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Ask the Patriarch 257
Questioning the Old Testament

from: ArmyDicked

To give your own views on this question and reply for publication, please use the contact page to provide your comments.

I haven't yet written off the New Testament (I intend to go on Religious Sabbatical to find God or not) but I view the Old Testament as absolute garbage.

  1. The Christians absolutely believe that nonsense that the Universe, the Planets, the Sun & Earth, Adam & Eve all were created within 6 days of 23 Oct. 4004BC (or about 6,000 years ago).
  2. They then use Pretzel Logic to defend said WACKJOB date. If the Bible is the Word of God and God is never wrong then man MUST be wrong with his little 14 Billion BC Big Bang theory/4.3 Billion Earth theory.
  3. We have Neolithic Villages and artifacts from 7,000BC that can be carbon dated and we have fossils from the Upper Paleolithic Period (2.5million BC to 200K BC)
  4. Jewish History is only verifiable from King Solomon (975BC), meaning Adam, Moses, Noah, & Abraham can not be proven to have existed
  5. Worse, all three Abrahamic religions side with Moses against the Pharaoh and state, as truth, he drowned chasing Moses when he parted the Red Sea. What's the problem? There are only four Pharaohs whose dates match Moses alleged era and we have found TWO of them---none died from drowning. Worse Still, said Pharaoh isn't even named and Egypt goes back to 5,000BC (Neolithic Period).
  6. Just examining the historical record, the Old Testament doesn't add up---it is like one big Paul Bunyon Story!!!

Your take on this, Please. FYI, I haven't felt so disillusioned since the time my teacher in HS gave me a copy of the Epic of Gilgamesh!!!

The Patriarch replies:

I hope in my light editing of your writing for publication, I have not lost intentions.

You have provided several issues to address, but I will agree with you that the Old Testament is not credible - and especially not credible when considered literally. There are, of course, metaphorical interpretations which I also reject. But it is important to be aware of them because not all Christians - and not all Jews - interpret the Old Testament literally. Many follow a metaphorical interpretaion.

I make that point because in you opening point you seem to think that all Christians hold to 4004 BC as the date of creation. I suggest that it is a relative minority who hold steadfastly to Ussher's interpretation these days. A larger group of Christians are a trifle more flexible in their literal reading of Genesis and like to say creation occurred about 10,000 years ago. This is convenient for them because it does not require them to explain away many of the findings of Neolithic archeology.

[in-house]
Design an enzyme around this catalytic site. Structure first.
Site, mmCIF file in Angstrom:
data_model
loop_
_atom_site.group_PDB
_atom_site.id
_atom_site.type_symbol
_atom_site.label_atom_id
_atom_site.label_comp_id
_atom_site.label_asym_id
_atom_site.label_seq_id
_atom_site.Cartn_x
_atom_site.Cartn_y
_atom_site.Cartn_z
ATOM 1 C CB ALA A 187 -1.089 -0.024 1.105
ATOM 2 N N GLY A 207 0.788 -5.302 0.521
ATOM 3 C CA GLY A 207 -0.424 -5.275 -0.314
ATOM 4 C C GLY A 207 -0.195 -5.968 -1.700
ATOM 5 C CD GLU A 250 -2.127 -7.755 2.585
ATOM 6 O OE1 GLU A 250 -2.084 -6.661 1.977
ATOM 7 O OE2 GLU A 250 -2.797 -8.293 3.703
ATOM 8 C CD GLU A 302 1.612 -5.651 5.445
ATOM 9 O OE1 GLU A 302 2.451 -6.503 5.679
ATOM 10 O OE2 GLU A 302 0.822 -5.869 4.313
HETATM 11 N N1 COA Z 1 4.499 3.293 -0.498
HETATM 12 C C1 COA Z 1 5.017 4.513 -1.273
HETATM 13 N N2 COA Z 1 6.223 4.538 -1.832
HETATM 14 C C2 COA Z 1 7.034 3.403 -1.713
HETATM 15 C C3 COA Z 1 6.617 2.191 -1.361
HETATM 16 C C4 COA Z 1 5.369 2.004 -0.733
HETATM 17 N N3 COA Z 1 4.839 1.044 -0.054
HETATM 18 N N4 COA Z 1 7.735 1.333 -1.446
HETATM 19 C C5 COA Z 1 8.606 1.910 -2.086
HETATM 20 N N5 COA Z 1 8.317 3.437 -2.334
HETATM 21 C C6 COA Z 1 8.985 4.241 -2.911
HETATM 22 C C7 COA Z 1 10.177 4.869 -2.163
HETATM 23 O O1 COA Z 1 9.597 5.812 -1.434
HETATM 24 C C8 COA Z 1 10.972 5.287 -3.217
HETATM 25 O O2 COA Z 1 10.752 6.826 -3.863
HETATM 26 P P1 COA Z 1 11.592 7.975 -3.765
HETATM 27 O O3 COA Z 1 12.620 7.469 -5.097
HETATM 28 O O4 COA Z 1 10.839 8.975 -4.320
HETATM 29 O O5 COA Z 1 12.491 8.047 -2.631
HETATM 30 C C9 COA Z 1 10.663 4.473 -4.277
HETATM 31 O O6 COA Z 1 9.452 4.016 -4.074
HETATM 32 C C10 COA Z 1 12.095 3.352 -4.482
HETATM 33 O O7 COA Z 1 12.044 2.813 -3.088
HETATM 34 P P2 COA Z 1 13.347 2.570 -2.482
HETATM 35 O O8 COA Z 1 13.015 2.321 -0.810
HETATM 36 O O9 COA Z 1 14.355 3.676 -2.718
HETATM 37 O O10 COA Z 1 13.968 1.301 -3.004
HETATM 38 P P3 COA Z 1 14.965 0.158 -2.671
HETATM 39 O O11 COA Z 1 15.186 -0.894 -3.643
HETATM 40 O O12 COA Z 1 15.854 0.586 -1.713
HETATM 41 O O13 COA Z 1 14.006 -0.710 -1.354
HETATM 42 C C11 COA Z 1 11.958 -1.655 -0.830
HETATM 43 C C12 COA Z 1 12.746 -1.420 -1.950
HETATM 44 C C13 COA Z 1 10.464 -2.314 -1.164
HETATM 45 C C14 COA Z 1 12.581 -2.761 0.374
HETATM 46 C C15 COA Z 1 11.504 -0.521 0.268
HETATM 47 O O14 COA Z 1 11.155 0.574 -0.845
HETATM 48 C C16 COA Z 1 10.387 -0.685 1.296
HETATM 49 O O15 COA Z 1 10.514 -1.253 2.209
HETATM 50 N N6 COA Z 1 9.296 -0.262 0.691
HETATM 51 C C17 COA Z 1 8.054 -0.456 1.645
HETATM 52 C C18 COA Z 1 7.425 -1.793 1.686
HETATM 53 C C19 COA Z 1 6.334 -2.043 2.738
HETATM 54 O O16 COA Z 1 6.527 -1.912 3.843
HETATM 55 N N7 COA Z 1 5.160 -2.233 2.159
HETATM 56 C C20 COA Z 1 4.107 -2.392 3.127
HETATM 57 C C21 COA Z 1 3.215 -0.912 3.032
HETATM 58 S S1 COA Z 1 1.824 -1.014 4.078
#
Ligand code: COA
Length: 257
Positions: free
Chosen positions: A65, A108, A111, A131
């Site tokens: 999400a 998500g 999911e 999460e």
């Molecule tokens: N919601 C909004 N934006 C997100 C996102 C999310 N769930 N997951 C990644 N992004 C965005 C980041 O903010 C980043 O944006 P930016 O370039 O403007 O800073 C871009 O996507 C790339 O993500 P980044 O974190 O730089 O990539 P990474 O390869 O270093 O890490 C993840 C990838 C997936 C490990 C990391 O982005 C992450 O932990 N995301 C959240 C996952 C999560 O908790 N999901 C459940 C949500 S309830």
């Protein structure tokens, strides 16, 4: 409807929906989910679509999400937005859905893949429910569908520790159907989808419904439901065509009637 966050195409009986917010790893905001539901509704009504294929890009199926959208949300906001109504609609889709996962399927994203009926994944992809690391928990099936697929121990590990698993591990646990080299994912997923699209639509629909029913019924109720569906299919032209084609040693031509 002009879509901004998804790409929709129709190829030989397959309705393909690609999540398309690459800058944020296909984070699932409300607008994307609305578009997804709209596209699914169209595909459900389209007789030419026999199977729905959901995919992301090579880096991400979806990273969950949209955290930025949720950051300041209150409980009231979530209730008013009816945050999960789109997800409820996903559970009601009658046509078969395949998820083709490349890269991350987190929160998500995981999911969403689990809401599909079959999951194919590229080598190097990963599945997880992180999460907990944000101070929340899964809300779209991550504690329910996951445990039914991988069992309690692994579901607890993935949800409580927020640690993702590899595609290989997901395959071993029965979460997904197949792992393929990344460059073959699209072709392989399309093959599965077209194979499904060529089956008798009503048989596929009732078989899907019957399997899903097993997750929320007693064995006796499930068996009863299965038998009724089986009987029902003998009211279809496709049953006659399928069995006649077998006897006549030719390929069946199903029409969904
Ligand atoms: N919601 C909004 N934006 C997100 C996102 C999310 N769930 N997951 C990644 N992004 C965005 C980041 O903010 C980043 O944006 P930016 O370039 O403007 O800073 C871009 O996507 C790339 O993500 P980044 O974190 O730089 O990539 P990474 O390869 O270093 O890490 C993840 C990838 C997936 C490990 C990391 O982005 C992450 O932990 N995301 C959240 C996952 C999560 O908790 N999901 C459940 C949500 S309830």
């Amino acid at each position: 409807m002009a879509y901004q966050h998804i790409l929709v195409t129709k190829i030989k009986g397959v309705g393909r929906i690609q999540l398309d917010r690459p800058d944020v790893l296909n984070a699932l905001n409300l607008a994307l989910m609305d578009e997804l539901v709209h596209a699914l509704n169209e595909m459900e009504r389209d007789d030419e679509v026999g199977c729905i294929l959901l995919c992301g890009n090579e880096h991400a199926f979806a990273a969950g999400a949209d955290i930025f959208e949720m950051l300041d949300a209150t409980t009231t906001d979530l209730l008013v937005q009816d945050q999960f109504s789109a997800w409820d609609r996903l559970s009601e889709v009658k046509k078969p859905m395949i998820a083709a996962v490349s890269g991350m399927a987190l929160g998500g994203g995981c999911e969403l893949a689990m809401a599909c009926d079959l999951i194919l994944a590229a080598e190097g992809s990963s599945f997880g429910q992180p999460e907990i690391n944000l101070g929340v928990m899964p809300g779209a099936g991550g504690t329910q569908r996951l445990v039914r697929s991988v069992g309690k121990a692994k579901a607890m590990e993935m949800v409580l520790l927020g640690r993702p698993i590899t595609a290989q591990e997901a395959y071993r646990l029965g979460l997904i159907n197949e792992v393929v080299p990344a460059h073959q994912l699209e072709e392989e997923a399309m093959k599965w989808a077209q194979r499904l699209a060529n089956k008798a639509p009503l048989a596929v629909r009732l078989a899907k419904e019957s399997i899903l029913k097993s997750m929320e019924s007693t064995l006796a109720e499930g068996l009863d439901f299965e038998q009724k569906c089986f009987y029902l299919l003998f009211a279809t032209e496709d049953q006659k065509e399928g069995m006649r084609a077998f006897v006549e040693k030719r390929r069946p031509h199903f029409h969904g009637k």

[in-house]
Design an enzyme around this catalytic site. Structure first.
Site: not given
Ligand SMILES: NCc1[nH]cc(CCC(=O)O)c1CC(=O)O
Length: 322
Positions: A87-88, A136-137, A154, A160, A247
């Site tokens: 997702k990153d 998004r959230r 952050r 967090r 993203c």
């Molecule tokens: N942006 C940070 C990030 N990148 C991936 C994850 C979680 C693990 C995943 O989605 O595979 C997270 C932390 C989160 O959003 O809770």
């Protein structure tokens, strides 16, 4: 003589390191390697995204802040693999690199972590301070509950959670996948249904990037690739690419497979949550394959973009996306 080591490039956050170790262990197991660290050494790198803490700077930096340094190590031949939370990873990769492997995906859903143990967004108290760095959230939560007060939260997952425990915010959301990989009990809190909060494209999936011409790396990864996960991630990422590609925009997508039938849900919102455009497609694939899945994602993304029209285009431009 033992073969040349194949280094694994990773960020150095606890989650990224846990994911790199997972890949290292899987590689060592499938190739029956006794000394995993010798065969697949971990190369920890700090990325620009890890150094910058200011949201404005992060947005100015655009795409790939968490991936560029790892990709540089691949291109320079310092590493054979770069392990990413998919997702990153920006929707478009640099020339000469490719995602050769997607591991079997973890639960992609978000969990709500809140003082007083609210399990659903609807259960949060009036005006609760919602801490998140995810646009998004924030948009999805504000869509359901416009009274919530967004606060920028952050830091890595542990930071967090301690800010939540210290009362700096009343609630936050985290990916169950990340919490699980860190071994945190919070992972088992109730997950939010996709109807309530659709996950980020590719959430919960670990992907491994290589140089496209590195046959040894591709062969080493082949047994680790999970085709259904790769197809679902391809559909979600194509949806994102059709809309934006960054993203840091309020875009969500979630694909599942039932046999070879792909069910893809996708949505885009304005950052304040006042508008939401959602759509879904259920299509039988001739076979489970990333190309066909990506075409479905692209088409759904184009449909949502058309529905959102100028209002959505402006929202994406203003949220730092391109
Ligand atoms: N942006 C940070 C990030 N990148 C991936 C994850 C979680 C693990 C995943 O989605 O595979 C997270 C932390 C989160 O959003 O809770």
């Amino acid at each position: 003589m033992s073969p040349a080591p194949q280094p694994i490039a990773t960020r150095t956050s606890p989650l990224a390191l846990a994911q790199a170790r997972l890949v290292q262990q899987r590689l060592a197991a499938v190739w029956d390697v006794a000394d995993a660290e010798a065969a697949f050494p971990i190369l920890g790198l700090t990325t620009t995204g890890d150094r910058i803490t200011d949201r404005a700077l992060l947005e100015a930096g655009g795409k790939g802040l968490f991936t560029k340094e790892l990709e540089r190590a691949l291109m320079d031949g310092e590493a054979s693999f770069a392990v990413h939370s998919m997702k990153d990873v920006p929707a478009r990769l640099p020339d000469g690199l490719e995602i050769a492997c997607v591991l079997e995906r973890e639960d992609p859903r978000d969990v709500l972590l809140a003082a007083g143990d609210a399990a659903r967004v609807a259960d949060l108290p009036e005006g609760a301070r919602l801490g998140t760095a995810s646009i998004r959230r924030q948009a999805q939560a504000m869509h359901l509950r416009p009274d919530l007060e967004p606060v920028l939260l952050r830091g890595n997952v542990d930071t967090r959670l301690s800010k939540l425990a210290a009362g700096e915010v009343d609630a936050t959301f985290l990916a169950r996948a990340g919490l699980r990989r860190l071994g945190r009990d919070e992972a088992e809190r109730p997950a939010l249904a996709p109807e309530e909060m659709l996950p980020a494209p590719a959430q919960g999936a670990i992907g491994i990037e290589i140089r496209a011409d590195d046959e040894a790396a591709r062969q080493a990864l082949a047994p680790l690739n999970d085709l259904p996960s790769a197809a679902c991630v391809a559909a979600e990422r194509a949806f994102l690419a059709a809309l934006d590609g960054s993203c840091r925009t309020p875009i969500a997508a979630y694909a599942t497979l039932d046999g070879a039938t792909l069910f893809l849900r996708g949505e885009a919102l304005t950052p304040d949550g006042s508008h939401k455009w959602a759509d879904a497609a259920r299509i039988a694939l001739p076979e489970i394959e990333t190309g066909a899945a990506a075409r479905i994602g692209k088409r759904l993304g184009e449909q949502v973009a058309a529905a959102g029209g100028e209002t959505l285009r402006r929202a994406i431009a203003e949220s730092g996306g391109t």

But getting away from the fundamentalists, we can find many Christians who accept the findings of science with respect to the timing of the origin of the universe, and accept evolution - with the refinement that God poked his finger in occasionally to make it go in the right direction and gave humans souls when they had advanced enough.

Essentially the Catholic Church takes this position as does the Episcopal Church which takes the position that Genesis "should not be understood as historical and scientific accounts of origins but as proclamations of basic theological truths about creation." In other words, metaphor. Most traditional mainline Protestant and Orthodox denominations officially take similar positions.

However, they do a terrible job of informing their congregations on their acceptance of science. As a result, too many Christians are influenced in their thinking by the very vocal evangelical fundamentalists rather than their own churches' official positions.

I would question your claim that Jewish history is only verifiable from the reign of Solomon. As far as I know, outside the Bible there is no verifiable historical or archeological evidence for Solomon. You can add him to your list of those Biblical characters who cannot be proven to have existed.

As for your question about Moses and the Pharaohs, I suggest that the story of Moses is questionable from the story of the bulrushes on. If Pharaoh ordered the death of all the Israelite children, it is highly extremely he would let his daughter bring a child of no provenance complete with Israelite nanny into the royal household. And the tale of Moses makes no sense at all from that point on. As you say, it does not add up.